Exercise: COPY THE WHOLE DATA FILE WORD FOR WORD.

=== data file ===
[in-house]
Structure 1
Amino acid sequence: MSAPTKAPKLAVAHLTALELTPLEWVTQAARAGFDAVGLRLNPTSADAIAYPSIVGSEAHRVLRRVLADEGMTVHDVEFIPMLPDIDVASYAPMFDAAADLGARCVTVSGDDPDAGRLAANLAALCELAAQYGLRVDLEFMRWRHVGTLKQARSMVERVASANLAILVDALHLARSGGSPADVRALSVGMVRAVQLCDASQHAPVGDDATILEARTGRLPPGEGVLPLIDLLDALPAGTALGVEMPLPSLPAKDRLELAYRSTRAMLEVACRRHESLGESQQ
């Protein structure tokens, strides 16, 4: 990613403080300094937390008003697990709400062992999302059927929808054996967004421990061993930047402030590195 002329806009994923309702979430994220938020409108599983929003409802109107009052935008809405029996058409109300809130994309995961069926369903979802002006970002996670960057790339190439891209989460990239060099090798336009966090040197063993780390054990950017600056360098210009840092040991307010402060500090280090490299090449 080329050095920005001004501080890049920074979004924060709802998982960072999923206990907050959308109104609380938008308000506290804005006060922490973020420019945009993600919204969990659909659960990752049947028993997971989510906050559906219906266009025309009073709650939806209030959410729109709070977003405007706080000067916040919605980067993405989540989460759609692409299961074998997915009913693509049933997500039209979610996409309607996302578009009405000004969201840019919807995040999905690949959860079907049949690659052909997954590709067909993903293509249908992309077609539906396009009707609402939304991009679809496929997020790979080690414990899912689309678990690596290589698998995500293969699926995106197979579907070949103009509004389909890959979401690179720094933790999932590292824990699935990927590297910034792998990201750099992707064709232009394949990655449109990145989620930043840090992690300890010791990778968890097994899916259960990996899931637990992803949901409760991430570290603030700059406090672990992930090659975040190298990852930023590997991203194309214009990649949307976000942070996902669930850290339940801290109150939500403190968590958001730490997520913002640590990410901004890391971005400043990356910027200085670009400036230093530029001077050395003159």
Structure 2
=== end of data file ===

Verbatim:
[in-house]
Structure 1
Amino acid sequence: MSAPTKAPKLAVAHLTALELTPLEWVTQAARAGFDAVGLRLNPTSADAIAYPSIVGSEAHRVLRRVLADEGMTVHDVEFIPMLPDIDVASYAPMFDAAADLGARCVTVSGDDPDAGRLAANLAALCELAAQYGLRVDLEFMRWRHVGTLKQARSMVERVASANLAILVDALHLARSGGSPADVRALSVGMVRAVQLCDASQHAPVGDDATILEARTGRLPPGEGVLPLIDLLDALPAGTALGVEMPLPSLPAKDRLELAYRSTRAMLEVACRRHESLGESQQ
């Protein structure tokens, strides 16, 4: 990613403080300094937390008003697990709400062992999302059927929808054996967004421990061993930047402030590195 002329806009994923309702979430994220938020409108599983929003409802109107009052935008809405029996058409109300809130994309995961069926369903979802002006970002996670960057790339190439891209989460990239060099090798336009966090040197063993780390054990950017600056360098210009840092040991307010402060500090280090490299090449 080329050095920005001004501080890049920074979004924060709802998982960072999923206990907050959308109104609380938008308000506290804005006060922490973020420019945009993600919204969990659909659960990752049947028993997971989510906050559906219906266009025309009073709650939806209030959410729109709070977003405007706080000067916040919605980067993405989540989460759609692409299961074998997915009913693509049933997500039209979610996409309607996302578009009405000004969201840019919807995040999905690949959860079907049949690659052909997954590709067909993903293509249908992309077609539906396009009707609402939304991009679809496929997020790979080690414990899912689309678990690596290589698998995500293969699926995106197979579907070949103009509004389909890959979401690179720094933790999932590292824990699935990927590297910034792998990201750099992707064709232009394949990655449109990145989620930043840090992690300890010791990778968890097994899916259960990996899931637990992803949901409760991430570290603030700059406090672990992930090659975040190298990852930023590997991203194309214009990649949307976000942070996902669930850290339940801290109150939500403190968590958001730490997520913002640590990410901004890391971005400043990356910027200085670009400036230093530029001077050395003159």
Structure 2